A bankruptcy court ruled in favor of the Chapter 7 trustee in an adversary proceeding to deny a discharge. In re Clark, No. 12-00649, Adv. No. 13-06042, mem. dec. (PDF file) (Bankr. D. Id., Feb. 12, 2015). The trustee alleged multiple grounds under 11 U.S.C. § 727(a), which prohibits a discharge of debt in a Chapter 7 proceeding if a court finds that a debtor has committed any of a lengthy list of types of misconduct. A trustee or creditor may object to discharge under this provision. The court found that the trustee had met his burden of proof to establish fraudulent transfers, insufficient recordkeeping, false statements, and violations of an injunction.
The debtor filed for bankruptcy under Chapter 12 of the Bankruptcy Code, which applies to people who make a living as farmers or fishermen, in March 2012. His initial Chapter 12 petition provided very little information, according to the court, and subsequently filed schedules did not offer much more clarity. He reportedly included some assets, such as checking accounts in the name of a limited liability company (LLC), in which he claimed no ownership interest.
The bankruptcy court held a hearing in May 2013 on whether to convert the case to Chapter 7 due to fraud by the debtor under 11 U.S.C. § 1208(d). This is somewhat similar to provisions allowing a court to convert a Chapter 7 case to Chapter 11 or Chapter 13 for “abuse.” 11 U.S.C. § 707(b). The court converted the case to Chapter 7 and appointed a trustee.
The trustee commenced an adversary proceeding objecting to discharge on the grounds that the debtor (1) transferred or concealed property after filing the petition in order to “hinder, delay, or defraud” creditors or the trustee, (2) kept insufficient records, and (3) made false oaths. Clark, mem. dec. at 2-3, citing 11 U.S.C. §§ 727(a)(2)(B), (a)(3), (A)(4)(A). He later obtained leave from the court to amend the complaint to include alleged violations of an injunction, which could result in denial of discharge under § 727(a)(6)(A). The trustee had brought a separate adversary proceeding against the LLC mentioned above, and the court had entered an injunction in that case in June 2013 prohibiting transfer of any LLC assets.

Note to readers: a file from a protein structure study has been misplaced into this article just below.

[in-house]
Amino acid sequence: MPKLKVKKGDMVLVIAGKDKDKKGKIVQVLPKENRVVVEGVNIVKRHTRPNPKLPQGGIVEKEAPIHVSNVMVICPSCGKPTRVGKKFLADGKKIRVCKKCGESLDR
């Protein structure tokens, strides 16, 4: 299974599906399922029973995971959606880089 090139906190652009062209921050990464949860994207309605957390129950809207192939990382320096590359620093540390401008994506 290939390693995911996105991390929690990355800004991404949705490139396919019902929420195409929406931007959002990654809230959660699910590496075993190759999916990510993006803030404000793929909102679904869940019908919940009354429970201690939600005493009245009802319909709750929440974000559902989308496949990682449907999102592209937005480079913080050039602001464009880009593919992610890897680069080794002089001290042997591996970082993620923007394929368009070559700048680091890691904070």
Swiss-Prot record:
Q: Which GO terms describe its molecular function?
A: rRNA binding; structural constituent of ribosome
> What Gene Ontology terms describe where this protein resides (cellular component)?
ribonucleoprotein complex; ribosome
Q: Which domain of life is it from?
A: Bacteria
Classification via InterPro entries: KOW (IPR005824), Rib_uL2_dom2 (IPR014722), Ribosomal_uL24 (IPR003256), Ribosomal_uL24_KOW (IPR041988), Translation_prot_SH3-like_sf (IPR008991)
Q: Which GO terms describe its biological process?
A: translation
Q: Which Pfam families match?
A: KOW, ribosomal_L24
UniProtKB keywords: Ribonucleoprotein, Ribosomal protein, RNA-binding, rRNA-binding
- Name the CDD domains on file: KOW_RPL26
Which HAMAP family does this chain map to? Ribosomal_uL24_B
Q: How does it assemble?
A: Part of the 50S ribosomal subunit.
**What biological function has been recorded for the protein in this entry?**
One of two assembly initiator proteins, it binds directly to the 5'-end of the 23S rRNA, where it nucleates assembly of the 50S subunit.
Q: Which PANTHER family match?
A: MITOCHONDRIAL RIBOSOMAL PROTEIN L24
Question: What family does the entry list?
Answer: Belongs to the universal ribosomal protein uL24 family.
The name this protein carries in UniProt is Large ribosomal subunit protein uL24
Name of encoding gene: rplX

The court conducted a trial, and ruled for the trustee on all four grounds for denial of discharge:
– The transfers of a pickup truck and a camper by the debtor after he filed his Chapter 12 petition, and the debtor’s failure to disclose real estate interests and other assets, were in violation of § 727(a)(2)(B);
– The omission of multiple items of property from the debtor’s bankruptcy schedules, which were made with the debtor’s knowledge, violated § 727(a)(4)(A);
– The debtor’s affairs were commingled with those of the LLC and a family trust to such an extent that “the time and expense necessary to even attempt to unscramble them eclipsed any benefit,” Clark at 33, in violation of § 727(a)(3); and
– The debtor violated the injunction by allowing third parties to use farm equipment owned by the LLC, in violation of § 727(a)(6)(A).
Since 1997, bankruptcy attorney Devin Sawdayi has guided Los Angeles individuals and families as they rebuild their finances through the Chapter 7 and Chapter 13 processes. To schedule a free and confidential consultation with a knowledgeable and skilled financial advocate, contact us today online or at (310) 475-939.
More Blog Posts:
Transfer of Real Estate by Debtor More than One Year Before Filing Chapter 7 Bankruptcy Petition Does Not Bar Discharge of Debt, According to California Appellate Court, Los Angeles Bankruptcy Lawyer Blawg, January 9, 2015
Pre-Bankruptcy Sale of Real Property Below Market Price Found to be Fraudulent by Bankruptcy Judge, Los Angeles Bankruptcy Lawyer Blawg, November 7, 2014
California Bankruptcy Court Rules on Dischargeability of Debt Allegedly Incurred through “False Pretenses”, Los Angeles Bankruptcy Lawyer Blawg, July 27, 2014